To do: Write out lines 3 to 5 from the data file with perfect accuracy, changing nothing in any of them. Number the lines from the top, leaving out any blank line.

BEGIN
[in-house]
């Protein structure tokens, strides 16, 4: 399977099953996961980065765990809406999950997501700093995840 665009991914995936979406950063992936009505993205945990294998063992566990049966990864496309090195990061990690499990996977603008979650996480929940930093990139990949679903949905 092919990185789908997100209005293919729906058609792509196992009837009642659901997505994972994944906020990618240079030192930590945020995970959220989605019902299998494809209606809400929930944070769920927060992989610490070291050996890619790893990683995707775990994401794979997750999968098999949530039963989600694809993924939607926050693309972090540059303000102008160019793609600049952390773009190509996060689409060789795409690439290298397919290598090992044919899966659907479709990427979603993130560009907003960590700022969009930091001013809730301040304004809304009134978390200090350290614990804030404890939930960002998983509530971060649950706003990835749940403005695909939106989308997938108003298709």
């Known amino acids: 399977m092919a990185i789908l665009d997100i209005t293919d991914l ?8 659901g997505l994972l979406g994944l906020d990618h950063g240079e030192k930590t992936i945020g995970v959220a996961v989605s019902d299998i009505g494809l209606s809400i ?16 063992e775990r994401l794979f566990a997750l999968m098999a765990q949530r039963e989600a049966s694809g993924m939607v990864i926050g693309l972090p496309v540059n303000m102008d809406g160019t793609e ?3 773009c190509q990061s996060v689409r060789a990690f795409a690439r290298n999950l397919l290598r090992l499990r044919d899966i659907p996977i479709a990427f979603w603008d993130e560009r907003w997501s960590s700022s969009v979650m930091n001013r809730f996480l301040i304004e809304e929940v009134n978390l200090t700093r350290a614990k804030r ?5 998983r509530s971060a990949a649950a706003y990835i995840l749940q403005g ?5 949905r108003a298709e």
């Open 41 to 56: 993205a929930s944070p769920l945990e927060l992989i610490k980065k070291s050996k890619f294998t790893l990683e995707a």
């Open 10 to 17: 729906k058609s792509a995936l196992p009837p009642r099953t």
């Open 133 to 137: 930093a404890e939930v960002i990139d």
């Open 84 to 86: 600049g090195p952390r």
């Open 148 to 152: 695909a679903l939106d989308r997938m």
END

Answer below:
């Known amino acids: 399977m092919a990185i789908l665009d997100i209005t293919d991914l ?8 659901g997505l994972l979406g994944l906020d990618h950063g240079e030192k930590t992936i945020g995970v959220a996961v989605s019902d299998i009505g494809l209606s809400i ?16 063992e775990r994401l794979f566990a997750l999968m098999a765990q949530r039963e989600a049966s694809g993924m939607v990864i926050g693309l972090p496309v540059n303000m102008d809406g160019t793609e ?3 773009c190509q990061s996060v689409r060789a990690f795409a690439r290298n999950l397919l290598r090992l499990r044919d899966i659907p996977i479709a990427f979603w603008d993130e560009r907003w997501s960590s700022s969009v979650m930091n001013r809730f996480l301040i304004e809304e929940v009134n978390l200090t700093r350290a614990k804030r ?5 998983r509530s971060a990949a649950a706003y990835i995840l749940q403005g ?5 949905r108003a298709e």
């Open 41 to 56: 993205a929930s944070p769920l945990e927060l992989i610490k980065k070291s050996k890619f294998t790893l990683e995707a």
């Open 10 to 17: 729906k058609s792509a995936l196992p009837p009642r099953t």